The final post of the The Summer Series , in which I attempt to summarize them all. We’re approaching the end of summer, and after 2 weeks of accidental silence, it’s time for me to wrap up the series. I said we’d tell some “true tales of academic adventure and misadventure”, but have any of … Continue reading Summer Series Summary
By Sho Tsuji, part of The Summer Series of guest posts Not pursuing a PhD was, frankly, never part of my thought process. My parents are both researchers (albeit, in Biophysics and Physical Chemistry), and I grew up spending Sunday afternoons in the lab proudly reproducing the Briggs-Rauscher reaction in my own little lab coat … Continue reading The Straightforward Academic (or: Your advisor also poops)
By Melissa Wheeler, part of The Summer Series of guest posts I, of course, said yes to writing a blog about my academic adventures, because I have this pesky habit of saying yes to everything. Spoiler alert: this may be the theme of my story. Let’s start from the tertiary beginning. I attended the University … Continue reading Right Place, Right Time
By Hanne M Watkins, part of The Summer Series of guest posts How did I get my job? The basic story is, well, basic: Early-ish in my PhD I met Geoff Goodwin at a conference; thanks to that meeting, later in my PhD I visited his lab for 4 months; at the end of my … Continue reading Growing an Academic Garden
By Yana Weinstein, part of The Summer Series of guest posts I didn't always know what I was doing. Scratch that; I still don't really know what I'm doing, but at least, these days I mostly look like I do. There was a time when I didn't even look like I knew what I was … Continue reading My Long and Winding Road to Academic Career Satisfaction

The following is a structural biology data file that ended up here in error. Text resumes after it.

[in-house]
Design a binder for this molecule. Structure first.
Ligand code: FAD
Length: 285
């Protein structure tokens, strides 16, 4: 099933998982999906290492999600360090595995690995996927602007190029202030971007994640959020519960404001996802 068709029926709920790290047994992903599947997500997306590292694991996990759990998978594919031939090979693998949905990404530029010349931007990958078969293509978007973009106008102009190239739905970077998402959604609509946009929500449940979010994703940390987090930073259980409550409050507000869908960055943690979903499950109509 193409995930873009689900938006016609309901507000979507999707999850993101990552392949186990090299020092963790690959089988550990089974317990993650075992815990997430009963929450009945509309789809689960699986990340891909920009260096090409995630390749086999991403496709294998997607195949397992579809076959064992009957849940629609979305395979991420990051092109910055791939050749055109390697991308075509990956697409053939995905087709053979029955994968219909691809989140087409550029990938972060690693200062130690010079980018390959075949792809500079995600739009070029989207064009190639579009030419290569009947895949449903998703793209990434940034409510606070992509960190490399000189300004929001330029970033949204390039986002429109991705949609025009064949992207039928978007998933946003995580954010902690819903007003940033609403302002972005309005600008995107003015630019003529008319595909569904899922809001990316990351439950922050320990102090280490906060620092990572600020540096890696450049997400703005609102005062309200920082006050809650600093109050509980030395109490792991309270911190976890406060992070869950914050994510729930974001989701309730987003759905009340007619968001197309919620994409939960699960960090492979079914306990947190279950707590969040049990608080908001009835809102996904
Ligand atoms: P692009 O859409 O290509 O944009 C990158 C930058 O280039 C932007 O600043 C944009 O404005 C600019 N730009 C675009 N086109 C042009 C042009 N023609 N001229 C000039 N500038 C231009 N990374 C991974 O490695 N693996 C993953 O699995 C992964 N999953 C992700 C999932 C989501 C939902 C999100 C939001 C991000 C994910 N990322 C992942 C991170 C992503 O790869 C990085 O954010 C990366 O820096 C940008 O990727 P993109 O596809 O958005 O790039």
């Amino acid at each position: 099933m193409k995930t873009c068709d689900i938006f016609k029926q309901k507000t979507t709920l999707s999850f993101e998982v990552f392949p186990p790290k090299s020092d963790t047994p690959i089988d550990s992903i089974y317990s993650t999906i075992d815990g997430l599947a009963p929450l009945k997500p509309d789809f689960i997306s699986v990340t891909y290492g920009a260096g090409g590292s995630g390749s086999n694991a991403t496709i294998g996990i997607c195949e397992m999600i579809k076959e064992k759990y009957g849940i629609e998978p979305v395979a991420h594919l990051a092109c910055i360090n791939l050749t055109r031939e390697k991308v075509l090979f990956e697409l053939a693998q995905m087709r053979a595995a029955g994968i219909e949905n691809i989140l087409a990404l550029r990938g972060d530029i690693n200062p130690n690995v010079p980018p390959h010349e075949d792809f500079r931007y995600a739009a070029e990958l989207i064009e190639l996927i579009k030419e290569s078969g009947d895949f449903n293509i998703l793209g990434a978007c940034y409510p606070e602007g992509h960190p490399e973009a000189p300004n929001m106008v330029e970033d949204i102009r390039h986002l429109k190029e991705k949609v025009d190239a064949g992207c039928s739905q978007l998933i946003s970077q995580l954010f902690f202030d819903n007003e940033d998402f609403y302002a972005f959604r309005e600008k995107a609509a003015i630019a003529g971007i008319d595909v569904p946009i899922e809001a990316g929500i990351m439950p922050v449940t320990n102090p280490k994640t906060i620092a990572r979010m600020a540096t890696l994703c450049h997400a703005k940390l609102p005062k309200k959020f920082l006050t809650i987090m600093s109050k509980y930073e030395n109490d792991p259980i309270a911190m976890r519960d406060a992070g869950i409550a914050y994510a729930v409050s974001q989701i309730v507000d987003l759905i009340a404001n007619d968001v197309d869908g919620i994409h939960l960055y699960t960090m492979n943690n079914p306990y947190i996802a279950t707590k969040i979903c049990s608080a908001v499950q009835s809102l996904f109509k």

If you look at my CV, you'll see that I have 3 published peer-reviewed papers. Let's not dwell on how small that number seems in terms of the academic job market. Instead, let's do dwell on how small that number seems in terms of substantial contribution to scientific knowledge, an outcome I care about at a much more lofty, less … Continue reading Why Open Data is Awesome – A Completely Self-Interested Explanation
There's a new kid on the blogging block - The 100% CI - and I 100% recommend you check them out and invite them to your birthday party. As for me; I arrived a little late to the party today - specifically, to the party happening on PsychMAP around Julia Rohrer's 100% CI post on (mild) optimism … Continue reading Optimism, and some answers.
This post reports on two pieces of writing about women in research, and one piece of original, exploratory, research. --- The first piece of writing is by Alice Eagly and grad student David Miller; called Where Are the Women?; in a special section of Perspectives on "Scholarly Eminence"; the only article by a woman in this 9-article special section. It … Continue reading Where are the women (going)?
Just a quick note on (responses to) Fiske, now that her pre-publication peer(?) reviewed opinion piece has hit the web. Much has been said about various aspects of it; I just wanted to highlight this clever post because it captured my feelings so well: Sometimes (according to Fiske), people talk about giving up psychological research because they are … Continue reading Mess, Broom
"Come here, John." I hope the episodic memory of mine that contains the sentence above, never leaves my brain. It was second year psych, Learning & Cognition, and Meredith McKague (the awesome awesome lecturer who was later to become my honors supervisor) was explaining to us the pragmatics of language. Because this blog post is … Continue reading Come Here, John*